Role Based Access Control (RBAC)
Change organization permissionspermission
LogScale's role-based access control (RBAC) model enables authorization of users based on roles with different sets of permissions. We distinguish between authentication, which establishes the identity of the user, and authorization, which decides what are the actions an authenticated user may perform.
Access Control Concepts
The model is centered around these concepts:
In LogScale, a user is allowed to do specific actions if one or more needed permissions are assigned them. Permissions can be assigned either directly to the user or via a Group of which they are a member.
Groups contain Users, which provide access for a single user. Groups collect multiple users together into manageable collections with specific permissions provided by Roles.
Roles define the permissions given to a user or a group of users across a range of access rights.
Groups are assigned roles in the context of a repository, giving all members of the group the permissions contained in the role. A user action on a repository is allowed, or authorized, if the user is a member of a group that has a role containing the needed permission.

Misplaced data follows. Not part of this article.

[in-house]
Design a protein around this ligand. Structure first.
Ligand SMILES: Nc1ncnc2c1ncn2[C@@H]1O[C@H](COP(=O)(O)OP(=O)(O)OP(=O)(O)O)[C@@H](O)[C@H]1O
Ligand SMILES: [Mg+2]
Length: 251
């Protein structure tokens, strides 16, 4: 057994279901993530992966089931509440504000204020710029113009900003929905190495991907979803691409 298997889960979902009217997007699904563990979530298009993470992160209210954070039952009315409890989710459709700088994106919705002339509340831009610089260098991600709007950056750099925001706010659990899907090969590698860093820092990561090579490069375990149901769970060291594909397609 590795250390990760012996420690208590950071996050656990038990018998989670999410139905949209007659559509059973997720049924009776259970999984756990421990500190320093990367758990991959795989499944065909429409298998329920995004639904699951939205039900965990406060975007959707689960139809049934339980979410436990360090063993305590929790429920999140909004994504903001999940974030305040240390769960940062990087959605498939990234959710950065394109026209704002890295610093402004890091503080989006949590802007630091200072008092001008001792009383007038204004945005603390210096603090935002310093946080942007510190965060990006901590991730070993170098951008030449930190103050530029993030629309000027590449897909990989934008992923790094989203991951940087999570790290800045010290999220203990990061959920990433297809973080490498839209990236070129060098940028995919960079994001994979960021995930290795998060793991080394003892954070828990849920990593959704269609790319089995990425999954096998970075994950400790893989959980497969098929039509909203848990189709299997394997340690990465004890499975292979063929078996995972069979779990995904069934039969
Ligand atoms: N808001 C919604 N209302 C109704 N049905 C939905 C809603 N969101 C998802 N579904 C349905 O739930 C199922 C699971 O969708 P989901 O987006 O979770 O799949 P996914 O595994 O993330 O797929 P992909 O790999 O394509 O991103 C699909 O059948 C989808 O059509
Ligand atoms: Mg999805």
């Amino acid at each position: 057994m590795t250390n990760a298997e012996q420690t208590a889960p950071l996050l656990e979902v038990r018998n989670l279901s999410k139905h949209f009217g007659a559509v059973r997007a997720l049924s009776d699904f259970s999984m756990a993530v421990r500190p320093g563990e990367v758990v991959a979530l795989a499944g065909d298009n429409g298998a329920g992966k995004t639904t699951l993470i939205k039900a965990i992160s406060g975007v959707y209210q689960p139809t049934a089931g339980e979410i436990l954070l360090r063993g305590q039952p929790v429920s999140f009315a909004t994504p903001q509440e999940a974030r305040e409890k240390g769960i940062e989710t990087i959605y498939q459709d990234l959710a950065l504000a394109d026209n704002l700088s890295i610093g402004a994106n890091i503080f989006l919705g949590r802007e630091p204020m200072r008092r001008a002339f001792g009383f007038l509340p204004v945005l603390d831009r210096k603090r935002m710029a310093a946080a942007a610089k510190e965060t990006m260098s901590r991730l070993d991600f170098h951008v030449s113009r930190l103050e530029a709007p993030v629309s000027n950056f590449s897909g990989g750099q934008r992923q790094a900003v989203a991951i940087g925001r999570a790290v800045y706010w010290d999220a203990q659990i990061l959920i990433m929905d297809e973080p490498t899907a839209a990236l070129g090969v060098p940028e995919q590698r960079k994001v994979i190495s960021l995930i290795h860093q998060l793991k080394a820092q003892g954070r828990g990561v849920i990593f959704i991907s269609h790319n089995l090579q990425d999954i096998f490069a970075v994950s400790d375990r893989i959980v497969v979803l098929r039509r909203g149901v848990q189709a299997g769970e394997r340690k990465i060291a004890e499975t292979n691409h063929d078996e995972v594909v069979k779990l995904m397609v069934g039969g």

At repository level, roles can be assigned to a user directly, without needing a group.
At repository level, Roles can also be assigned to a user directly, without needing a Group.
Figure 236. Authorization Concepts
If a user is member of more than one Group that has been assigned a role in a specific repository, the user has the combined permissions from the roles involved. So in the above diagram, Tom is both a member of Support UK and Devs DK which makes him an Admin and a Searcher in the Web Log repository.
Root access is a per-user property and independent of Roles and Groups. See Managing Root Access.
In LogScale, users are allowed to do specific actions if one or more
needed permissions are assigned to them. Permissions can be assigned
either directly to the user or via a group of which they are a member.
Permissions are always assigned in sets called
If you're the one setting up LogScale — either because you've created a new organization on Cloud-hosted LogScale and you're the owner, or you're a root user of an on-premise installation — you will by default have the permissions required to assign roles to users.
For more information, see:
Managing Users for information on how to create users.
Managing Groups for information on how to assign users and permissions to groups, set group memberships and synchronize groups.
Managing Roles for information on how to manage roles and assign permissions.
Role Permissions for a list of the different permissions that can be assigned.